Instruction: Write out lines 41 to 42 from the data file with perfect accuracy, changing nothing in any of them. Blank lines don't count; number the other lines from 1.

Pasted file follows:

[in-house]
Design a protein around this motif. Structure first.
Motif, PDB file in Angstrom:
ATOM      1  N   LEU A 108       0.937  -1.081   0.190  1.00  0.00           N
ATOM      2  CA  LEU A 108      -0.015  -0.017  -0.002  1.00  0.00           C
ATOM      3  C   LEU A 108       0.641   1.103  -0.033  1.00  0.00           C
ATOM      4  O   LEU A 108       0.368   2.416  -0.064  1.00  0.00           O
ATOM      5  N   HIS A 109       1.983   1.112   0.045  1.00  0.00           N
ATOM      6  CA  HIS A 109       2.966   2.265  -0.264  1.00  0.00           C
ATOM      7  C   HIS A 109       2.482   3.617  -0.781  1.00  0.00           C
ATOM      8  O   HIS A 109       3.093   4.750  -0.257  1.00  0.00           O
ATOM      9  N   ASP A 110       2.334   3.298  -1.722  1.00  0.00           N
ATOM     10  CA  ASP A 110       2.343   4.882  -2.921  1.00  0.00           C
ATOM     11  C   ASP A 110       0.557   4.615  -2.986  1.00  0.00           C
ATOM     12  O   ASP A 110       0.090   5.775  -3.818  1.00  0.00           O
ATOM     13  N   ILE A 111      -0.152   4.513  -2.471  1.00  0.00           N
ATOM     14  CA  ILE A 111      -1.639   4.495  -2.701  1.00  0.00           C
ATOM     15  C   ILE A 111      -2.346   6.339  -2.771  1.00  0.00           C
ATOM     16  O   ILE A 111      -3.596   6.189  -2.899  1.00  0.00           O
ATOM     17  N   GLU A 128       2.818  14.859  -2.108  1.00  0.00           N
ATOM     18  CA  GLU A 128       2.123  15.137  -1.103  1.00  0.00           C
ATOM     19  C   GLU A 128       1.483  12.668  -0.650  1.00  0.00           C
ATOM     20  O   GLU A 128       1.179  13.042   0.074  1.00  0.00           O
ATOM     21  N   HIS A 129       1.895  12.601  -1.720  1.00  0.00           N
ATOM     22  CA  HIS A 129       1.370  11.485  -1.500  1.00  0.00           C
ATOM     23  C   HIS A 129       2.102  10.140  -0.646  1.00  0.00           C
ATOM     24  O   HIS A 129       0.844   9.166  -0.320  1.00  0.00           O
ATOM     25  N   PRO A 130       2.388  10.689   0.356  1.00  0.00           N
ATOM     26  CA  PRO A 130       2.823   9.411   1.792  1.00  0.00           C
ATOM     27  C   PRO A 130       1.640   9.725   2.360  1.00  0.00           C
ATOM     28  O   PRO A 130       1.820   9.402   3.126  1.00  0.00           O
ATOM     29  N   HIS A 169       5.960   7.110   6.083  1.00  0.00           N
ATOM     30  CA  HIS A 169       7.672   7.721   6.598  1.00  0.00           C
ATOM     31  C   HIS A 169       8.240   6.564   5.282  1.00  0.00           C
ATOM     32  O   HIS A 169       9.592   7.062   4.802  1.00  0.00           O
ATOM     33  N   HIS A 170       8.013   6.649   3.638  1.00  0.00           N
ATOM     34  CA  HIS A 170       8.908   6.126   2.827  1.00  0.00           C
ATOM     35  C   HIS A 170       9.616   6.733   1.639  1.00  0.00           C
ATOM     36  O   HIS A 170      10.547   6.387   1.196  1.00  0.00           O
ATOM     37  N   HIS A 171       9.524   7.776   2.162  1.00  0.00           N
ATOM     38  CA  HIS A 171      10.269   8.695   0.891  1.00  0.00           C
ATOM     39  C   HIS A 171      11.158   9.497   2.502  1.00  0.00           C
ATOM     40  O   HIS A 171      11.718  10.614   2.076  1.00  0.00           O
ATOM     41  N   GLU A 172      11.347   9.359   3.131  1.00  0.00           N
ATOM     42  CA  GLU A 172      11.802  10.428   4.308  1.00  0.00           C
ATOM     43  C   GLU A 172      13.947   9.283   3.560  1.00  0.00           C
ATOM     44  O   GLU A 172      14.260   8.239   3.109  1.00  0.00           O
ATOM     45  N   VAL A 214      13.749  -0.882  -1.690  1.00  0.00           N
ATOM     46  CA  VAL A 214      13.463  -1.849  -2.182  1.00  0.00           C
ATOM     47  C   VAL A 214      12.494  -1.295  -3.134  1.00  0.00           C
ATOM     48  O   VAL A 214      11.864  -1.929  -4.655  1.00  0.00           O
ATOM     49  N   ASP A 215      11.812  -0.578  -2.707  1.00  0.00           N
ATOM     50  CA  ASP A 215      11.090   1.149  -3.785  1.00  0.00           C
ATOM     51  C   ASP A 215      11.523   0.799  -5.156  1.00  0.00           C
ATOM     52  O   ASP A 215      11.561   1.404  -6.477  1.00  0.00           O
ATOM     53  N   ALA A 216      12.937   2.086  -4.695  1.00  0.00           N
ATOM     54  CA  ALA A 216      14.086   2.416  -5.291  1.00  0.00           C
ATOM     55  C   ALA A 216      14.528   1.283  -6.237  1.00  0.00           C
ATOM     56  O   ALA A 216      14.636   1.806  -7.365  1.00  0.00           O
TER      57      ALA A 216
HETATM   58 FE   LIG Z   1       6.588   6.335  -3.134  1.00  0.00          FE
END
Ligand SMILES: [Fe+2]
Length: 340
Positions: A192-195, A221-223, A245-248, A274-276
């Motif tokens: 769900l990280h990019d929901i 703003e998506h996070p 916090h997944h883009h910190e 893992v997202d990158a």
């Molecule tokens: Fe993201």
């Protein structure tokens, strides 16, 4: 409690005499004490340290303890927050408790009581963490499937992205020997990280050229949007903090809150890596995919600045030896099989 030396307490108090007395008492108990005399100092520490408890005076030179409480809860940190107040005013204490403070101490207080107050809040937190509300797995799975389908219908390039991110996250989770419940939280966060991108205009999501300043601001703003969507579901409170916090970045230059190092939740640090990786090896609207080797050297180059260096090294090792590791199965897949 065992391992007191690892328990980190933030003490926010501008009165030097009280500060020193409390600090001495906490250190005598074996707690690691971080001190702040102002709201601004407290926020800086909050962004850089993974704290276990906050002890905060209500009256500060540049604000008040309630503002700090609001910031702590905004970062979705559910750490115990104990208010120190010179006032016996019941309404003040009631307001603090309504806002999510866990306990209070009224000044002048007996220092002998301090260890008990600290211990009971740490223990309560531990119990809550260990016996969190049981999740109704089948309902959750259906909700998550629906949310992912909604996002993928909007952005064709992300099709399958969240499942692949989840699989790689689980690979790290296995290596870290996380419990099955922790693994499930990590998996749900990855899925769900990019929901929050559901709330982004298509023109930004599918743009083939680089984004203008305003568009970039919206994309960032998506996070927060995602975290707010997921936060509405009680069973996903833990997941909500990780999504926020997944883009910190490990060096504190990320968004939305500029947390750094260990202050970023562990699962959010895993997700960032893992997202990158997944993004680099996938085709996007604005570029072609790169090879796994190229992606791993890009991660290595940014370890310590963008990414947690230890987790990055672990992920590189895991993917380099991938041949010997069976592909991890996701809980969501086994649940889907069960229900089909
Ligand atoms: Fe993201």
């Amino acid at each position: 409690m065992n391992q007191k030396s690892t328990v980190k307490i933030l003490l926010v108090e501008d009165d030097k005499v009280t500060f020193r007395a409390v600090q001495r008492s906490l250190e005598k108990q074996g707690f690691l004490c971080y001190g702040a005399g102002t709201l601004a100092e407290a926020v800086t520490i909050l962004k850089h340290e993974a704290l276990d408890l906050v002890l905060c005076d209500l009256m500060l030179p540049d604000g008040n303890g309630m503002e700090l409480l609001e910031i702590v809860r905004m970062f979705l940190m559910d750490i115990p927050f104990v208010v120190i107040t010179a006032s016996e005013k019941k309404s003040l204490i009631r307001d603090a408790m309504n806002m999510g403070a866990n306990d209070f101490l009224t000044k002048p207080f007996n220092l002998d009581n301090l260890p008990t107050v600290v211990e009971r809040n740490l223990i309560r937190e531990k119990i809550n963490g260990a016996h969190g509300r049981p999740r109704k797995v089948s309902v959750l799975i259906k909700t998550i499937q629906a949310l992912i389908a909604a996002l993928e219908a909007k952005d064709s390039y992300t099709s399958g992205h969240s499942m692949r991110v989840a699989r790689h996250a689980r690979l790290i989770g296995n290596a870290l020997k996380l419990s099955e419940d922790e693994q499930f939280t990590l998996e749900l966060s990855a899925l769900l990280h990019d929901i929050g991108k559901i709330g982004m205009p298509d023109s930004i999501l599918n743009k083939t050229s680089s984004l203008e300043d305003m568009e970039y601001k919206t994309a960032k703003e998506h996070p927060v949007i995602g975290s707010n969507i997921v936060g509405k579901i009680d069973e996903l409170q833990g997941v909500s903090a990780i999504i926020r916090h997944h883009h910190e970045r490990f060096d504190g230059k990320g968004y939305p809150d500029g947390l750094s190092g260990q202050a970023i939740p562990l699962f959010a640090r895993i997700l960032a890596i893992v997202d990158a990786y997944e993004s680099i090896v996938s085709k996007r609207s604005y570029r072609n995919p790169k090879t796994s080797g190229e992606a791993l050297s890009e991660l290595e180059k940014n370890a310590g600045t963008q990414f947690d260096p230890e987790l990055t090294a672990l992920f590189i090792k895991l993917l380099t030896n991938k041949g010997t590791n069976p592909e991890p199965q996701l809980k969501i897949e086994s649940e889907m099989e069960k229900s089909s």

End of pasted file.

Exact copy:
ATOM     38  CA  HIS A 171      10.269   8.695   0.891  1.00  0.00           C
ATOM     39  C   HIS A 171      11.158   9.497   2.502  1.00  0.00           C